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03/31/94 DAVID ONSEN v. COMMONWEALTH EDISON COMPANY

March 31, 1994

DAVID ONSEN, PLAINTIFF-APPELLANT,
v.
COMMONWEALTH EDISON COMPANY, AN ILLINOIS CORPORATION, DEFENDANT-APPELLEE.



Appeal from the Circuit Court of the 13th Judicial Circuit, LaSalle County, Illinois. No. 90-L-94. Honorable Robert L. Carter Judge, Presiding.

As Modified on Denial of Rehearing May 24, 1994. Petition for Leave to Appeal Denied October 6, 1994.

Present - Honorable Kent Slater, Presiding Justice, Honorable Peg Breslin, Justice, Honorable Tom M. Lytton, Justice

The opinion of the court was delivered by: Lytton

MODIFIED ON DENIAL OF PETITION FOR REHEARING

JUSTICE LYTTON delivered the opinion of the court:

This appeal presents the issue of whether an employer's failure to provide a hoist for the purpose of removing materials from a work site can provide the basis for a claim under the Structural Work Act (Act). (740 ILCS 150/0.01 et seq. (West 1992).) For reasons stated below, we find that it does and reverse the trial court's entry of summary judgment dismissing plaintiff's complaint and remand for further proceedings.

Plaintiff, David Onsen, was employed as a laborer for Morrison Construction Company. On March 26, 1988, Onsen was working on the renovation of the Unit Two Nuclear Reactor at the LaSalle Nuclear Power Station of defendant, Commonwealth Edison. Onsen was engaged in the removal of snubbers, which are large pipes, 12 feet long, containing coil springs and weighing approximately 300 pounds. Onsen was familiar with the procedure for removing the snubbers, as he had removed around 30 of them at the site prior to this occurrence.

The snubber at issue was situated about two feet off the ground. Onsen and a coworker unbolted the mountings located on the ends of the snubber and lowered it to the ground. Onsen intended to move the snubber to another location in the facility with the assistance of his coworker. Because of congestion caused by pipes and other items in the work area, Onsen asked the foreman if the items could be moved out of the way so that they could get a hoist in to move the snubber. The foreman consulted one of defendant's employees who responded that the items would not be removed. The foreman instructed Onsen to go ahead and move the snubber as best they could. Onsen and his coworker intended to attach nylon straps to the snubber to transport it out of the drywell area. As Onsen picked up one end of the snubber in order to slip the nylon strap around it, he felt a "pop" in his back, which was later diagnosed as a "central herniated lumbar intervertebral disc" injury.

Onsen filed a one-count complaint against defendant based on the Act. The trial court granted defendant's motion for summary judgment (735 ILCS 5/2-1005(c) (West 1992)) and Onsen appeals.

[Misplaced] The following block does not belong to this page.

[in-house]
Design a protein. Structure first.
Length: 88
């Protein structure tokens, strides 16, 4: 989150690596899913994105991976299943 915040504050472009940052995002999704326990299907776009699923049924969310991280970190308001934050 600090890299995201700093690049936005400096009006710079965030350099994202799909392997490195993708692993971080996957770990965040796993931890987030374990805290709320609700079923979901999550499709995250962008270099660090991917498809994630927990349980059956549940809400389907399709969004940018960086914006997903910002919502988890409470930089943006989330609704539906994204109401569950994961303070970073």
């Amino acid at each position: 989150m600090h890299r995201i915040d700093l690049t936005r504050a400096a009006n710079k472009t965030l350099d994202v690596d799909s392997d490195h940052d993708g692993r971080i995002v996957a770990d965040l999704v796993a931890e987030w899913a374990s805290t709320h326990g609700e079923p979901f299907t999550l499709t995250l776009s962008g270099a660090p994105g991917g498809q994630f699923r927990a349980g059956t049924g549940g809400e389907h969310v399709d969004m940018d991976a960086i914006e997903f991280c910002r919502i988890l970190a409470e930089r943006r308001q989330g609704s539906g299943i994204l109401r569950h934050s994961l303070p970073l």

Onsen argues that the trial court erred in granting defendant's motion for summary judgment because the Act was designed to provide a cause of action for workers injured when engaged in an ultrahazardous activity where the party in charge of and control of the work failed to provide a device enumerated in the Act. Onsen was working in a nuclear power plant and was required to wear protective clothing; he was engaged in an ultrahazardous activity under the control of defendant. He alleges that he was injured as a result of defendant's failure to provide a hoist, an enumerated device under the Act.

Defendant responds that Onsen's activity was not covered under the Act, that the mere lifting of an object has no connection to the hazards posed by the device.

In order for a trial court to grant a motion for summary judgment, the pleadings, depositions and affidavits must show that there is no genuine issue of material fact. (735 ILCS 5/2-1005(c) (West 1992).) Summary judgment is proper when the parties agree upon the facts, but dispute the correct construction of the Act and whether the facts sustain a cause of action. ( American National Bank & Trust Company of Chicago v. National Advertisement Company (1992), 149 Ill. 2d 14, 22, 594 N.E.2d 313, 171 Ill. Dec. 461.) Whether the Act covers the plaintiff's injuries is a matter of statutory construction and therefore a question of law for the court. ( American National Bank, 149 Ill. 2d at 22.) When an appeal is taken from a summary judgment order, our standard of review is de novo. Myers v. Health Specialists, S.C. (1992), 225 Ill. App. 3d 68, 72, 587 N.E.2d 494, 167 Ill. Dec. 225, appeal denied 145 Ill. 2d 635.

The Structural Work Act provides, in relevant part, as follows:

"All * * * hoists * * * erected or constructed by any person, firm or corporation in this State for the use in * * * repairing * * * of any * * * building * * * or other structure, shall be erected and constructed, in a safe, suitable and proper manner, and shall be so erected and constructed, placed and operated as to give proper and adequate ...


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